Google is reportedly developing a prototype system that will link Chinese service users' searches to their personal phone numbers.
Yes, it is the new search service that Google is preparing to comply with China's censorship requirements.
The Intercept he says that Dragonfly an Android app is a secret program revealed after a complaint last month. The app could link to a user's phone number, making it very easy to track individual searches of users of the service.
The location of Dragonfly, in addition to searching for the terms "human rights", "student protest" and "Nobel Prize" from a hardcoded blacklist, may also include data processed by the Chinese government. So users could read completely different results for Chinese activist and Nobel laureate Liu Xiaobo.
Sources also told Intercept that "hardcoded" results apply to almost everything. This will make it possible to replace the weather and the effects of air pollution with processed data from China.
Google has not confirmed the existence of Dragonfly, although it has said that it is conducting "exploratory" work for a search service in China.
The above references have cause reactions inside and outside the company. About 1.400 Google employees have signed a letter requiring more information about the project. The Intercept he says that Google's senior researcher, Jack Poulson, has resigned for the project, indicating that there are a total of five workers left behind by Dragonfly.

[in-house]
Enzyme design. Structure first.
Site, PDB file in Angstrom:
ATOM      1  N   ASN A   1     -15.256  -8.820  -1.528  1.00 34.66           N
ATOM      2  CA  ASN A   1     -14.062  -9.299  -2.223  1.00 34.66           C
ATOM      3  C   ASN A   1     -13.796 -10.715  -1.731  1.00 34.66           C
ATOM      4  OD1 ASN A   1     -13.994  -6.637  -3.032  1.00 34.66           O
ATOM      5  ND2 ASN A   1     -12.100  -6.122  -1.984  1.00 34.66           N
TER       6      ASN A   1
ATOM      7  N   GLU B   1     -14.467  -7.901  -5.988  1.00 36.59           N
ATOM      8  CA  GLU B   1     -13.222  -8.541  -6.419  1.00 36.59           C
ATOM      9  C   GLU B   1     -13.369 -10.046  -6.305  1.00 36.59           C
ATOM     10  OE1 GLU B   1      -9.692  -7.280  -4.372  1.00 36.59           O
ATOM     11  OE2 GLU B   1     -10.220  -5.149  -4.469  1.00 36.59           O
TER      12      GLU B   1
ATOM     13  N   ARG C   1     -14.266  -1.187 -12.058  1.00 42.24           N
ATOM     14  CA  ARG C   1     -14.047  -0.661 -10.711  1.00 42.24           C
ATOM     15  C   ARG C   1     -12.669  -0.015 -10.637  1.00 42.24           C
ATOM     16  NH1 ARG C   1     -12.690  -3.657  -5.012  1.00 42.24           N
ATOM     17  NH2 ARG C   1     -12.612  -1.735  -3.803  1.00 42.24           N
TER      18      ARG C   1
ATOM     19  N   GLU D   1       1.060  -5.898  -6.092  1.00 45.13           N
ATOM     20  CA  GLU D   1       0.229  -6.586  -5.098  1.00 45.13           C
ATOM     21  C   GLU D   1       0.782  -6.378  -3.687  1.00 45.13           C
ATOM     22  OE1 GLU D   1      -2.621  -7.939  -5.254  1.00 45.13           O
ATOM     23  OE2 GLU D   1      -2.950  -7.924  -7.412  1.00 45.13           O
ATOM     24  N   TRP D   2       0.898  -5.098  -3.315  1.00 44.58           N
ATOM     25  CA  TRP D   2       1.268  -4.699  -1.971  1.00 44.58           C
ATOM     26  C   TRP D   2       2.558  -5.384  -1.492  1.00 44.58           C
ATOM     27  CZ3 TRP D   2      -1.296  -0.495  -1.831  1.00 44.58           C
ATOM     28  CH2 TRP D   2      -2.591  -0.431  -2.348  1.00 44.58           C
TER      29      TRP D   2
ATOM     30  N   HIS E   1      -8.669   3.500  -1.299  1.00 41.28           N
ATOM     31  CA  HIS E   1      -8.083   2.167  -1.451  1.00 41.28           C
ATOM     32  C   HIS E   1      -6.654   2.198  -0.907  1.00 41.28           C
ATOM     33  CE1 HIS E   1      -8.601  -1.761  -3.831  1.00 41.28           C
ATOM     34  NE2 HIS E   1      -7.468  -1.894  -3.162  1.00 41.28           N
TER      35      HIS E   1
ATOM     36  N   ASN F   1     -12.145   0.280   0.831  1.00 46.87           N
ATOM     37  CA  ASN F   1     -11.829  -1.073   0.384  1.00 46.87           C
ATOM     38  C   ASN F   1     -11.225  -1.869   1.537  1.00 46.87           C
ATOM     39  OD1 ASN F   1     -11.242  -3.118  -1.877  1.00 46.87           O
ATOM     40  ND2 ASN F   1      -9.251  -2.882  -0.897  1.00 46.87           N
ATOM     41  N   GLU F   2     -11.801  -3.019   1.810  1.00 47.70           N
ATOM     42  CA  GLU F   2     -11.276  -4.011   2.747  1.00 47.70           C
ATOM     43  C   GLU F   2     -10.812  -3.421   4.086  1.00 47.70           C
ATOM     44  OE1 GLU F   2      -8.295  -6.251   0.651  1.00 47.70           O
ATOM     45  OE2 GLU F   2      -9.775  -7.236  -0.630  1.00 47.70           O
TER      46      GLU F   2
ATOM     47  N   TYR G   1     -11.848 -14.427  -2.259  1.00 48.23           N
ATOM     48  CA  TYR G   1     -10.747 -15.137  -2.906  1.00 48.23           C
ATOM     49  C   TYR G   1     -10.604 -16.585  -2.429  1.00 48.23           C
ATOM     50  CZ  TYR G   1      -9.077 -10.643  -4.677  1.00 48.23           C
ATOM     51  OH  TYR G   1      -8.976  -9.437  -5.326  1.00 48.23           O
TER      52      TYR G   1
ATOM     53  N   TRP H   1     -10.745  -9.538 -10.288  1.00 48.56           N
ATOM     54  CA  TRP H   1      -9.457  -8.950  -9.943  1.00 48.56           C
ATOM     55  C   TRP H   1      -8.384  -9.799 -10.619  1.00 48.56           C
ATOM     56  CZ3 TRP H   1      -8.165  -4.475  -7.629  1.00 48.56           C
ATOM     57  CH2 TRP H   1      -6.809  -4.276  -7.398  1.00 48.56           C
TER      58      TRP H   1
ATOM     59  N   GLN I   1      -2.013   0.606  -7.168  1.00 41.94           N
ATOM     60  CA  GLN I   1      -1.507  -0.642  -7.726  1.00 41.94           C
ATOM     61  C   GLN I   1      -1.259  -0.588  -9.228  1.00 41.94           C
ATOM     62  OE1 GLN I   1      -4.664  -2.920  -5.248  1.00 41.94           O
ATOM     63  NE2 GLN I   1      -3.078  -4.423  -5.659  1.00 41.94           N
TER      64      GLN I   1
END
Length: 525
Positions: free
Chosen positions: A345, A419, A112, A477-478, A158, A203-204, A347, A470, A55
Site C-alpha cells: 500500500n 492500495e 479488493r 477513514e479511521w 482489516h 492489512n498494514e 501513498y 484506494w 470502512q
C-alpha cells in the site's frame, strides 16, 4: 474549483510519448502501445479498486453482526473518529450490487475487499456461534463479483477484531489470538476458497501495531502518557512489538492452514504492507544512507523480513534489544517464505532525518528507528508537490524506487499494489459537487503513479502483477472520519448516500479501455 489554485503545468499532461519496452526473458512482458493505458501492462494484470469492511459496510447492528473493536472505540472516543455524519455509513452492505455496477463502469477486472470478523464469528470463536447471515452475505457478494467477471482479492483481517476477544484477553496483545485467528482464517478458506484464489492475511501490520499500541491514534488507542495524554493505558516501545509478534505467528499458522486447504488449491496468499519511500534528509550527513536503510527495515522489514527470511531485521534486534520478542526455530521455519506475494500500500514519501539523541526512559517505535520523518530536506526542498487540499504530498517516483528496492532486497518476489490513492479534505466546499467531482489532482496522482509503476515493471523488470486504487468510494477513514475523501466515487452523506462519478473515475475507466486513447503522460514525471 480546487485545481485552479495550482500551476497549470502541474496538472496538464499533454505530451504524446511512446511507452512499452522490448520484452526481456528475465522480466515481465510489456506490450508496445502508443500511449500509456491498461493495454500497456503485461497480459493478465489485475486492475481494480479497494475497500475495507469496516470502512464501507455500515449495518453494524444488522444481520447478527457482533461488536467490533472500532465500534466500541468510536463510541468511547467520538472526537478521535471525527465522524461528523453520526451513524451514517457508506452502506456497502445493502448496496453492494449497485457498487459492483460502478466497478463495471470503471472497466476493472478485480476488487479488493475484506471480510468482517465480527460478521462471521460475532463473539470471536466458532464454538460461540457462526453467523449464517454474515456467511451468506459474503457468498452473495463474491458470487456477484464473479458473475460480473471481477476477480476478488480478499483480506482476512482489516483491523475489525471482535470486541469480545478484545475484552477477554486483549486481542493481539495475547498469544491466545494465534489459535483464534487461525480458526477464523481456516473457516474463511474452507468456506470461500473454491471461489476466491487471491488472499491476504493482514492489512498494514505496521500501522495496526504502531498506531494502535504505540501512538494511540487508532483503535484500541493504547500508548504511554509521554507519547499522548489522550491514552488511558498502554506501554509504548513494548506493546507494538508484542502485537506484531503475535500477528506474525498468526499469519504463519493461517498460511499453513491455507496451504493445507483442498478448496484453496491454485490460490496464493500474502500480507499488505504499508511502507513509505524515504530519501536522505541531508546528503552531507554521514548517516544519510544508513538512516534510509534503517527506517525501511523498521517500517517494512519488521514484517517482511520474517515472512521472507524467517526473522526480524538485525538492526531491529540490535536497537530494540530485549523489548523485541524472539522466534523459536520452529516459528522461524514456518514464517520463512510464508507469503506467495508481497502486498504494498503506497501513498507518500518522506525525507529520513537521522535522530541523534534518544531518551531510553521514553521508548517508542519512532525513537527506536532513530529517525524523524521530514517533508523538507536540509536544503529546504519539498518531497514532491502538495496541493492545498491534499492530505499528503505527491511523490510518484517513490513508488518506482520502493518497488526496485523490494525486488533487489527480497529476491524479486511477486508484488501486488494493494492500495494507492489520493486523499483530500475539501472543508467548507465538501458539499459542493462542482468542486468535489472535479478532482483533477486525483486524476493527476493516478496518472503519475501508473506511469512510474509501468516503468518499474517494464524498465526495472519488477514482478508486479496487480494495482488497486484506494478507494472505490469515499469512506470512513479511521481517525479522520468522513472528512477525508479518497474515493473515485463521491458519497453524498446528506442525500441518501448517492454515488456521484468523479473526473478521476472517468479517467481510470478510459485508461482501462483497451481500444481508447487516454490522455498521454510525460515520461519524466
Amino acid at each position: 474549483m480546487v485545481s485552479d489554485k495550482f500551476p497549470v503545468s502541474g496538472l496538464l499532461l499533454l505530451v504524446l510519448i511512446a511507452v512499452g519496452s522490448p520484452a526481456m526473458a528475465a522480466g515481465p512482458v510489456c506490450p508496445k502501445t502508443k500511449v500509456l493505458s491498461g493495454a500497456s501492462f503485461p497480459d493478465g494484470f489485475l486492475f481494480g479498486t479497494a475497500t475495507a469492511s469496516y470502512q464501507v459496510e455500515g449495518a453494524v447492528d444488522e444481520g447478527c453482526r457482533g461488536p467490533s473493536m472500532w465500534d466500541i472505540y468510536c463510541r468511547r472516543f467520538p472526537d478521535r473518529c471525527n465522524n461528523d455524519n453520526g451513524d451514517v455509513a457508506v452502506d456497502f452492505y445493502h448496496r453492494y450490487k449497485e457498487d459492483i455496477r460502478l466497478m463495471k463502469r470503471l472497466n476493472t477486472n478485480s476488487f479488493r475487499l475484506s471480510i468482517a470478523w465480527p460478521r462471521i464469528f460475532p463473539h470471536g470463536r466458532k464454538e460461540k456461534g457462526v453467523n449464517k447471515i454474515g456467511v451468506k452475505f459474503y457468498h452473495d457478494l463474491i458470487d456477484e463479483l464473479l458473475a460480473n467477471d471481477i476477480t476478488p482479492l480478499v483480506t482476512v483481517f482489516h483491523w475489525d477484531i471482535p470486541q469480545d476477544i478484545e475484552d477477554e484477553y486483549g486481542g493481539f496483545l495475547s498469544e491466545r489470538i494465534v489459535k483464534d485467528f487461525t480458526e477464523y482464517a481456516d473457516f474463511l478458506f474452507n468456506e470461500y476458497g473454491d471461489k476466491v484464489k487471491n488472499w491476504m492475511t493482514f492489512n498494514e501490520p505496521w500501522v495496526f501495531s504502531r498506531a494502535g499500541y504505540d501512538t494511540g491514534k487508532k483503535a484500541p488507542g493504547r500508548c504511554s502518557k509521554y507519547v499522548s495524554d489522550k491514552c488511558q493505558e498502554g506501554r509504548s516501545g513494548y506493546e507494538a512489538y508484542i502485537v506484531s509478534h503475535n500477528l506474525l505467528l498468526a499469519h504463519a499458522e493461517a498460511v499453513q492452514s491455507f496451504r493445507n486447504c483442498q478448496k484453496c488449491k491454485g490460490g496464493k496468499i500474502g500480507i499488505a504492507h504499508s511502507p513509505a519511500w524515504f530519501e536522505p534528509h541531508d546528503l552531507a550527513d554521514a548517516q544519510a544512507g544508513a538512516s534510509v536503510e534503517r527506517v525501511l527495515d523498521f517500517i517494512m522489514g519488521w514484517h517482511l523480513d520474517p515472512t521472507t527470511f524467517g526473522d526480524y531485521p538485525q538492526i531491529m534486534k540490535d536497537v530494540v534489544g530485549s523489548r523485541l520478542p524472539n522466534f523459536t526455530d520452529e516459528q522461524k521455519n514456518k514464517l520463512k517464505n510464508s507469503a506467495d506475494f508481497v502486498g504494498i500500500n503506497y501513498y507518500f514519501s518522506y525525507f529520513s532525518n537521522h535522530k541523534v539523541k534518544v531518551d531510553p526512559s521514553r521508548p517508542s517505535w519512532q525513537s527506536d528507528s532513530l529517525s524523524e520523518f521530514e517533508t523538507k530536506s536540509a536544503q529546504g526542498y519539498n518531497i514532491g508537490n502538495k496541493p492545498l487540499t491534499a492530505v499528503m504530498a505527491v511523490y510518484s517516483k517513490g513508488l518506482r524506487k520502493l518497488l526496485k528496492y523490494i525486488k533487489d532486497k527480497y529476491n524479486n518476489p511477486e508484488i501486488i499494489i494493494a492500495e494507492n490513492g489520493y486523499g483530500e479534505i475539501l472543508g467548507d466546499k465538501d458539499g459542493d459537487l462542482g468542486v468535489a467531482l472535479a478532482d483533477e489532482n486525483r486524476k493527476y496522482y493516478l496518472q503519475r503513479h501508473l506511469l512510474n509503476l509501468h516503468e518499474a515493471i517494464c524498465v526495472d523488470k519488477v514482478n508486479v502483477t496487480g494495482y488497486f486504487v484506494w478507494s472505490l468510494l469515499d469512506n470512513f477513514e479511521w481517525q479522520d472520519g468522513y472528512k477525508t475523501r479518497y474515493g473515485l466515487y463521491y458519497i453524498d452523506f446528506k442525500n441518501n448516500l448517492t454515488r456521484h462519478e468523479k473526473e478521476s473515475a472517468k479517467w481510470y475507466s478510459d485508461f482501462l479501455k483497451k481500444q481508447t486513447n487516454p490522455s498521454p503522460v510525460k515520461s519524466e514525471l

Google left mainland China in 2010 when it discovered a phishing attack targeting human rights activists. The Chinese government has restricted the rights of internet users since 2010 and at the same time is extending a high-tech social control regime that includes "social loyalty" results and a sophisticated surveillance device to monitor Muslims in Xinjiang.
Let's say that even without linking a phone number with censored terms, searches on Dragonfly will not be safe.
Poulson voiced concern that user data will simply be hosted in China, which means that government agencies will be able to access them. However, the feature mentioned adds another level of control and suggests Google's willingness to make surveillance much easier.